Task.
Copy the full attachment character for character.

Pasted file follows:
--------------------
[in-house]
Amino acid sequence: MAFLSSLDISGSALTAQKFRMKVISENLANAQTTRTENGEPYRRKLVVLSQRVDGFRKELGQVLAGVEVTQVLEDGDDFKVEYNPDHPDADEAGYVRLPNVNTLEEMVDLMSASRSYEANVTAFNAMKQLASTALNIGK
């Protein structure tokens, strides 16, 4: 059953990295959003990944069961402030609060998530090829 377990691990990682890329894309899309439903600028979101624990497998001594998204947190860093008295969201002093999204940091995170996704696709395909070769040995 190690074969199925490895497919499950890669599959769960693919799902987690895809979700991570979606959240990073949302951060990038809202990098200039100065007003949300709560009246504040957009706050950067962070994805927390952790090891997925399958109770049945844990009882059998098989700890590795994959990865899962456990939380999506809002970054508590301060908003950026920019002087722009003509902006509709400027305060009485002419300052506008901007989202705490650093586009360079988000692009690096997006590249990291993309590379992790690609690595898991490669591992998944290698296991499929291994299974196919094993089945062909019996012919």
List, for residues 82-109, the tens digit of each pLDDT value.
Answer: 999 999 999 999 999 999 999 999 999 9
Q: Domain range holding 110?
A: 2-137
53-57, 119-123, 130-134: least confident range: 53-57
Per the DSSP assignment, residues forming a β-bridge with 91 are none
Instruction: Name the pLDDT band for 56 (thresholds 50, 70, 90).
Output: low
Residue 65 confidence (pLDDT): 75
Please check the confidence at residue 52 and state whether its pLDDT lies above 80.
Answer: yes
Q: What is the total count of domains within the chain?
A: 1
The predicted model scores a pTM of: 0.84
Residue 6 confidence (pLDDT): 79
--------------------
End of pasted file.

[in-house]
Amino acid sequence: MAFLSSLDISGSALTAQKFRMKVISENLANAQTTRTENGEPYRRKLVVLSQRVDGFRKELGQVLAGVEVTQVLEDGDDFKVEYNPDHPDADEAGYVRLPNVNTLEEMVDLMSASRSYEANVTAFNAMKQLASTALNIGK
């Protein structure tokens, strides 16, 4: 059953990295959003990944069961402030609060998530090829 377990691990990682890329894309899309439903600028979101624990497998001594998204947190860093008295969201002093999204940091995170996704696709395909070769040995 190690074969199925490895497919499950890669599959769960693919799902987690895809979700991570979606959240990073949302951060990038809202990098200039100065007003949300709560009246504040957009706050950067962070994805927390952790090891997925399958109770049945844990009882059998098989700890590795994959990865899962456990939380999506809002970054508590301060908003950026920019002087722009003509902006509709400027305060009485002419300052506008901007989202705490650093586009360079988000692009690096997006590249990291993309590379992790690609690595898991490669591992998944290698296991499929291994299974196919094993089945062909019996012919």
List, for residues 82-109, the tens digit of each pLDDT value.
Answer: 999 999 999 999 999 999 999 999 999 9
Q: Domain range holding 110?
A: 2-137
53-57, 119-123, 130-134: least confident range: 53-57
Per the DSSP assignment, residues forming a β-bridge with 91 are none
Instruction: Name the pLDDT band for 56 (thresholds 50, 70, 90).
Output: low
Residue 65 confidence (pLDDT): 75
Please check the confidence at residue 52 and state whether its pLDDT lies above 80.
Answer: yes
Q: What is the total count of domains within the chain?
A: 1
The predicted model scores a pTM of: 0.84
Residue 6 confidence (pLDDT): 79